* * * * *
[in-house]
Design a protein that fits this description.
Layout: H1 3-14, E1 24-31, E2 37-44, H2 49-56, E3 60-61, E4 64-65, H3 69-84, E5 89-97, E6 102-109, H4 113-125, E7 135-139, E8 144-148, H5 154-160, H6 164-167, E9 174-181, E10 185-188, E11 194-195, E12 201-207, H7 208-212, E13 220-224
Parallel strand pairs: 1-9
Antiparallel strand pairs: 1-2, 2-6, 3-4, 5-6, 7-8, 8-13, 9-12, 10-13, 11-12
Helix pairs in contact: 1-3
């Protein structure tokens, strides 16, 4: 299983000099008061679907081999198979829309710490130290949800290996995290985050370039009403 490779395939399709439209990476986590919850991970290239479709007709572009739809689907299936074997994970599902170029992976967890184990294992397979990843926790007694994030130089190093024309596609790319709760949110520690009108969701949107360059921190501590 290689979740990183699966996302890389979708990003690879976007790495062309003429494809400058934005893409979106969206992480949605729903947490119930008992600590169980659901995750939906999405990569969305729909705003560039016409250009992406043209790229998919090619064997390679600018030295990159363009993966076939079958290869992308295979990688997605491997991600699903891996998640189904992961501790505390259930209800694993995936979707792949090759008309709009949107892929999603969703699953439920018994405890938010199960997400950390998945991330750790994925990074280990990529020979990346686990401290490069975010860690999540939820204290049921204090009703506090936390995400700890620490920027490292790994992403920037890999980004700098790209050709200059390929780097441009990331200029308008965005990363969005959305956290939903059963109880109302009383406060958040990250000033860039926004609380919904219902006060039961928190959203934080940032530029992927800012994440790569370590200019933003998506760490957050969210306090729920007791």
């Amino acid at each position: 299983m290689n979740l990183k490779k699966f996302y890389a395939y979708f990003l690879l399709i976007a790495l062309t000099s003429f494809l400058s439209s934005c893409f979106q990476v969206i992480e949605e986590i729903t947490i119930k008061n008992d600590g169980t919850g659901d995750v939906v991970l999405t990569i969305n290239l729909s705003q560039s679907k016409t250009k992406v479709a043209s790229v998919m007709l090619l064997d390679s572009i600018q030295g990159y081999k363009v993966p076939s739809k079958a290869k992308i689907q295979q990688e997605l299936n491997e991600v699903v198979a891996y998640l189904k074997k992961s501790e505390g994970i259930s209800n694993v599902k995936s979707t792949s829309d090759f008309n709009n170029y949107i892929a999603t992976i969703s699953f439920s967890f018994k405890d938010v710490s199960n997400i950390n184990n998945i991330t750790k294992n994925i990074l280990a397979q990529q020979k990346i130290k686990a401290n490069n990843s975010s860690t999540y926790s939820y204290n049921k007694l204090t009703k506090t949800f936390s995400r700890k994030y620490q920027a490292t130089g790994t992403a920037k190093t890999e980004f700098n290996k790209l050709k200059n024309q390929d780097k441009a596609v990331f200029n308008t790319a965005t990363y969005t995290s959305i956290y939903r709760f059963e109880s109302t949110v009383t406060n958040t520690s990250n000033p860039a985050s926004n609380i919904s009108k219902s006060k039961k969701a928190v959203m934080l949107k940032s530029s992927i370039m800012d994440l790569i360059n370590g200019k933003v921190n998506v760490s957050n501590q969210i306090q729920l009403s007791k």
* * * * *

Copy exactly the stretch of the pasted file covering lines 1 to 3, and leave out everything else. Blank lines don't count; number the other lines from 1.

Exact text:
[in-house]
Design a protein that fits this description.
Layout: H1 3-14, E1 24-31, E2 37-44, H2 49-56, E3 60-61, E4 64-65, H3 69-84, E5 89-97, E6 102-109, H4 113-125, E7 135-139, E8 144-148, H5 154-160, H6 164-167, E9 174-181, E10 185-188, E11 194-195, E12 201-207, H7 208-212, E13 220-224